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Week twenty-eight: FUTHORC (probability 26001), by David Sutton

FUTHORC (or FUTHARC or FUTHARK or FUTHORK) is the name for an alphabet used in Anglo-Saxon times, descended from the ancient runic alphabet used by Germanic tribes from the second to eight centuries. It takes its name from its first 6 letters (note that 'th' counts as one letter, being represented by a single character called thorn). All the characters of the futhorc can be written using straight lines only, facilitating its use for making inscriptions on stone and other durable materials. The futhorc was replaced over time by the Latin alphabet and its use had more or less died out by the time of the Norman conquest. Our word list still preserves a few of the names of the individual runes: AESC, the rune for ae, THORN as mentioned above, and WYN or WYNN, the rune for w.

We also have a number of other words relating to exotic scripts or alphabets. There is, for example, the Irish OGAM or OGHAM, giving us adjectives OGAMIC, OGHAMIC or OGMIC, and the Persian NASTALIK, a cursive script with long horizontal strokes and rounded characters. Then there is the wedge-shaped Egyptian CUNIFORM or CUNEIFORM, with adjective CUNEATIC, and the NAGARI or DEVANAGARI in which Sanskrit is usually printed. Japanese gives us HIRAGANA and KATAKANA, together with ROMAJI, a system of transliterating Japanese into the Latin alphabet. PINYIN is a system of romanizing Chinese ideograms, while HANGUL is an alphabetic script for Korean.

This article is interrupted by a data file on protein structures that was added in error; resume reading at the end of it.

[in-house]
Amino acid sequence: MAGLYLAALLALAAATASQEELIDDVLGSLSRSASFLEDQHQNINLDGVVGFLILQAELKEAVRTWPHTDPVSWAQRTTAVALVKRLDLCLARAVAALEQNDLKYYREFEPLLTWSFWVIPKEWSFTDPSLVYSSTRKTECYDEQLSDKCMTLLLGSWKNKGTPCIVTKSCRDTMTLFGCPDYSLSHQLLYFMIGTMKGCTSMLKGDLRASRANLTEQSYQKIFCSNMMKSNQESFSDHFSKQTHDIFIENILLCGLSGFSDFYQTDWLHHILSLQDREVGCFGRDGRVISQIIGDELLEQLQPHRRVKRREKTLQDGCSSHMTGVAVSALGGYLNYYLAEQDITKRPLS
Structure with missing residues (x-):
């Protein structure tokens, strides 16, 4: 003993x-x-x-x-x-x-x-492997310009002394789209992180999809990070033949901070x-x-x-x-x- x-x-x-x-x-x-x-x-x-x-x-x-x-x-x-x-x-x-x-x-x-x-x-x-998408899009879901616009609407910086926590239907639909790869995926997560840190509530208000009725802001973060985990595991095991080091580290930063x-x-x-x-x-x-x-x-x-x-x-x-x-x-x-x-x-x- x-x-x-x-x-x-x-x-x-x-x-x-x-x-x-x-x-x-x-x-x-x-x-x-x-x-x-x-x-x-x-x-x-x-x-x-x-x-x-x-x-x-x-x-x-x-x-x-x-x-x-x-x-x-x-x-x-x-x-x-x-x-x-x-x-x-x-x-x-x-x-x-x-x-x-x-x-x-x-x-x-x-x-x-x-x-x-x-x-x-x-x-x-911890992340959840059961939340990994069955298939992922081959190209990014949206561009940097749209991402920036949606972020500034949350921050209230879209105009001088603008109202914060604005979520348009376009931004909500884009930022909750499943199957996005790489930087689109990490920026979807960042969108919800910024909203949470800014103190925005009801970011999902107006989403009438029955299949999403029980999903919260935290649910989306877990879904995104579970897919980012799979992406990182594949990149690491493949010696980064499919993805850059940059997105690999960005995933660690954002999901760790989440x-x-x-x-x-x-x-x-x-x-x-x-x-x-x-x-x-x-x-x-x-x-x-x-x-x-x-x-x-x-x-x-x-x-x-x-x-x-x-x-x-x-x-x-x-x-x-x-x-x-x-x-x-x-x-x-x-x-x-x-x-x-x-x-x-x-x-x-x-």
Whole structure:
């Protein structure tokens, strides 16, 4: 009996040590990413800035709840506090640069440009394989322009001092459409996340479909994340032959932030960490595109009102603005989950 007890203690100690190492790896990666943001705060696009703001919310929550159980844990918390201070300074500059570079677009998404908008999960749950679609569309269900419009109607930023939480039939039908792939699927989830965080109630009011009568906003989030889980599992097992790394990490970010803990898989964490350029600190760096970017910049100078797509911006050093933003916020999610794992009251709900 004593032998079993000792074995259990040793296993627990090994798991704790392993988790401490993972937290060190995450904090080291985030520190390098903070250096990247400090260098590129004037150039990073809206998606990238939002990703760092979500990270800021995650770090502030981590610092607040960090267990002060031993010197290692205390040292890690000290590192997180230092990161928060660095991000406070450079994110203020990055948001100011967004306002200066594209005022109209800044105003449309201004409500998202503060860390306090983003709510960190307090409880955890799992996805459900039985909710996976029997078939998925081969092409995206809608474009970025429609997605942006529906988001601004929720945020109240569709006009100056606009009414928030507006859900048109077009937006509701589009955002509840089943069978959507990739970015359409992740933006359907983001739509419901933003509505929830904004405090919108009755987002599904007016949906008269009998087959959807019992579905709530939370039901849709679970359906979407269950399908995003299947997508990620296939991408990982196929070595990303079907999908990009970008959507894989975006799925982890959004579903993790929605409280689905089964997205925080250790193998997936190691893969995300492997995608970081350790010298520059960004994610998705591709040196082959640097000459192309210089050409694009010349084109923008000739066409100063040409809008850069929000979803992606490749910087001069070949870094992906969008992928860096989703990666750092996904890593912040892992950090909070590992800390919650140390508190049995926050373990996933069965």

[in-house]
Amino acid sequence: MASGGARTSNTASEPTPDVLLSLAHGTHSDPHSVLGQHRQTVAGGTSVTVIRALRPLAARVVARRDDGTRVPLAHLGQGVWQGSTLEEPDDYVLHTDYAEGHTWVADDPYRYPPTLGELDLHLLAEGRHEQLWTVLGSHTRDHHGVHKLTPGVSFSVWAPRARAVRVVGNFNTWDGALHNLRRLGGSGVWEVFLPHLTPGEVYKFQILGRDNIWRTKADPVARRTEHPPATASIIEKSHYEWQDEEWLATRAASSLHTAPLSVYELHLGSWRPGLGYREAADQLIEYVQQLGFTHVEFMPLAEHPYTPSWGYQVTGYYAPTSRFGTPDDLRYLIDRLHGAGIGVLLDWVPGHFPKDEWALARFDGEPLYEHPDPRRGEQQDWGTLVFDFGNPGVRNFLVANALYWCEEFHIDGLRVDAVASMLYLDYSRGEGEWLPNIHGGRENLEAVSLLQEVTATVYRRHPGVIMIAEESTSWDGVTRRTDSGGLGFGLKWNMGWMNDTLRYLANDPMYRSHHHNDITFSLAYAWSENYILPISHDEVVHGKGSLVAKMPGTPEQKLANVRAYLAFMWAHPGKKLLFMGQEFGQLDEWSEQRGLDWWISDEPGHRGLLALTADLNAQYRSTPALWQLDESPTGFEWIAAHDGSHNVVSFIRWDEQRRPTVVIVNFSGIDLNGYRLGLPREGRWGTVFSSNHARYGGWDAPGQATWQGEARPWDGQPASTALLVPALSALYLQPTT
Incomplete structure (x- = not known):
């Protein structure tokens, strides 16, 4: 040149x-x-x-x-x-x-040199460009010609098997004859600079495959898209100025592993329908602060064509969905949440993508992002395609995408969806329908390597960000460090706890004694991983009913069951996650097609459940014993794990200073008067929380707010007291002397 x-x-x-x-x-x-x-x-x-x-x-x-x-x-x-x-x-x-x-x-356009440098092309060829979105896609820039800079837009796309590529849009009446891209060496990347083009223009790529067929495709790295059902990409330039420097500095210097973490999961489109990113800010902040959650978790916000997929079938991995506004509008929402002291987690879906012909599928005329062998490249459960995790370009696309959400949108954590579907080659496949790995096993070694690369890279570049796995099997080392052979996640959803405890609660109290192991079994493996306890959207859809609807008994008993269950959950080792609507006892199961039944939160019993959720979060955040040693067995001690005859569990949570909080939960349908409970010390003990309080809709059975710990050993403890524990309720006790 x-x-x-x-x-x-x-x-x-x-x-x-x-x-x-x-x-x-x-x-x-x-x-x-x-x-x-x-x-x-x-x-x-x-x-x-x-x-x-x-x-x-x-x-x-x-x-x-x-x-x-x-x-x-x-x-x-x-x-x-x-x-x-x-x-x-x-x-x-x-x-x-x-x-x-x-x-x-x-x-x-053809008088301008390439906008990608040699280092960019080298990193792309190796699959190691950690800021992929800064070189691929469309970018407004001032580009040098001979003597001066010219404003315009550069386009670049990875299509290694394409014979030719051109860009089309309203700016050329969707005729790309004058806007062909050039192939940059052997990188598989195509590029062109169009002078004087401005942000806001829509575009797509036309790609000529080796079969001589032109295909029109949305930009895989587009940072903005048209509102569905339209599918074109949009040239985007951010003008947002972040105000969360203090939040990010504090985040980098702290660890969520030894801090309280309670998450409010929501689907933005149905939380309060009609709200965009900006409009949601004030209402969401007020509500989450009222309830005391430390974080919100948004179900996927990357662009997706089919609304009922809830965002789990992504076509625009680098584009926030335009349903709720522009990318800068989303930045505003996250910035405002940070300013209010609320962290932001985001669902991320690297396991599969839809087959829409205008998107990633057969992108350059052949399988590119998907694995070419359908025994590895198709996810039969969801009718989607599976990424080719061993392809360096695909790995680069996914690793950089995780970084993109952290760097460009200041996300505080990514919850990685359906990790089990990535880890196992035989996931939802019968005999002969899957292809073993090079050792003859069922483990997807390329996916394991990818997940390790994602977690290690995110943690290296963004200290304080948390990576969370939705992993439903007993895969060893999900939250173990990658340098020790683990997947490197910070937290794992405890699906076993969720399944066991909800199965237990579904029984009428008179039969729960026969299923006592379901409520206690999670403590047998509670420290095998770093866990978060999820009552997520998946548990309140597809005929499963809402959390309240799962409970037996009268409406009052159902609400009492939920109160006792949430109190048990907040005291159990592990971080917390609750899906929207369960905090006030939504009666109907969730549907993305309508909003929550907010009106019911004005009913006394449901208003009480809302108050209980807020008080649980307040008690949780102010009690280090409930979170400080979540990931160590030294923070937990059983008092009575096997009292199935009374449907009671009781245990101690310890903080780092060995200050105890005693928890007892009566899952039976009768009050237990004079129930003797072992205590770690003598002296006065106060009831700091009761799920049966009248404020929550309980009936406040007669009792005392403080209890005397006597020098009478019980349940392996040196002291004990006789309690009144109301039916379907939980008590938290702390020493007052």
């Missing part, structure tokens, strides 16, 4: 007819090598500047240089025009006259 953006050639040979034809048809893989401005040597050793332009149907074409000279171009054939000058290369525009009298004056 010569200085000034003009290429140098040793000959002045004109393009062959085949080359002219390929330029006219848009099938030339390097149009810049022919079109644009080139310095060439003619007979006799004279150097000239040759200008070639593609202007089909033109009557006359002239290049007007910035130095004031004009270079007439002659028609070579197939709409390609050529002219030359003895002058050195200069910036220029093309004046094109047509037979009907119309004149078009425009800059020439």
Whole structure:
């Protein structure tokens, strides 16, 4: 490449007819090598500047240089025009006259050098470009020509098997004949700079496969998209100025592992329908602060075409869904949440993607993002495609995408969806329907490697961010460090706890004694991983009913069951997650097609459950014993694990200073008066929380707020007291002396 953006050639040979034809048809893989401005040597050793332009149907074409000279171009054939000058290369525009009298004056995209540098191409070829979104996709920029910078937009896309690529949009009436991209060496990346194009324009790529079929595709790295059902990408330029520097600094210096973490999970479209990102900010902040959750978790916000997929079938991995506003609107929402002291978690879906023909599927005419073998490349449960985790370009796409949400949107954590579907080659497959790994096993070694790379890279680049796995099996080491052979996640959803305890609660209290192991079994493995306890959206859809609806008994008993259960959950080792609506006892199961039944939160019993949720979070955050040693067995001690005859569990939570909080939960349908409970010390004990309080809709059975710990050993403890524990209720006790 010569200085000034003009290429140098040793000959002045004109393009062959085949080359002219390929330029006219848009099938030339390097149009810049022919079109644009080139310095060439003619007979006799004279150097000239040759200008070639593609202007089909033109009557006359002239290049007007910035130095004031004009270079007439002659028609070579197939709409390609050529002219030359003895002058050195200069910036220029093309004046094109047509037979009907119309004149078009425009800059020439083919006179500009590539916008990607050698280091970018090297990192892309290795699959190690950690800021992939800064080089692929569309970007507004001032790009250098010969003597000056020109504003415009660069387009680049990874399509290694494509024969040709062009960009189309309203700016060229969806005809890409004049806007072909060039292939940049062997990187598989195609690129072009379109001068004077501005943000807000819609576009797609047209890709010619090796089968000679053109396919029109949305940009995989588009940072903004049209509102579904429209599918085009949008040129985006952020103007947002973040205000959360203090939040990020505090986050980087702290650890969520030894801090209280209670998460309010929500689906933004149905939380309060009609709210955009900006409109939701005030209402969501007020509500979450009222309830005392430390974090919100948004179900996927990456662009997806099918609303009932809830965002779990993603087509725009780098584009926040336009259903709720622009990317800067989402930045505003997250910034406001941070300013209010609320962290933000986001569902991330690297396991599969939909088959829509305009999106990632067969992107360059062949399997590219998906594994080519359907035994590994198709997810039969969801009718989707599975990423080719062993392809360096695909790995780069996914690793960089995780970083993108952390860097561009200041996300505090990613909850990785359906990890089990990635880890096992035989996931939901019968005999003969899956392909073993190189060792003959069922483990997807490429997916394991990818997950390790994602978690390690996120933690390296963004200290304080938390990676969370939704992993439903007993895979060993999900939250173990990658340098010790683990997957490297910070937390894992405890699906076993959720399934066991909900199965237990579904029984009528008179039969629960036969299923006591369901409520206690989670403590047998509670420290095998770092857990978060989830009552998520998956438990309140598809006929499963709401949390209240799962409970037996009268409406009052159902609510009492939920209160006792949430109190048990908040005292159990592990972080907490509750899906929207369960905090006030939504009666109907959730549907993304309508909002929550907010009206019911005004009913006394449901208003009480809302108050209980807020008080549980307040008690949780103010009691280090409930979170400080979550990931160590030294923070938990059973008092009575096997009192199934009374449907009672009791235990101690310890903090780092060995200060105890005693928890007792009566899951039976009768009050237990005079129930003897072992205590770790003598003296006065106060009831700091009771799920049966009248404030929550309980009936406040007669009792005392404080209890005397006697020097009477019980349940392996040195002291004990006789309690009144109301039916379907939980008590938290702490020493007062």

Finally, and less usefully, we have ESTRANGELO or ESTRANGHELO, a cursive form of the old Syrian alphabet, which takes its name from Greek strongylos, round. This is the same root that gives us STRONGYL, a word the experts love to play in the hope of drawing forth a challenge from less-informed opponents who may assume that STRONGLY was intended. So, next time someone asks you the connection between a parasitic threadworm and an old Syrian alphabet, you will know...

   













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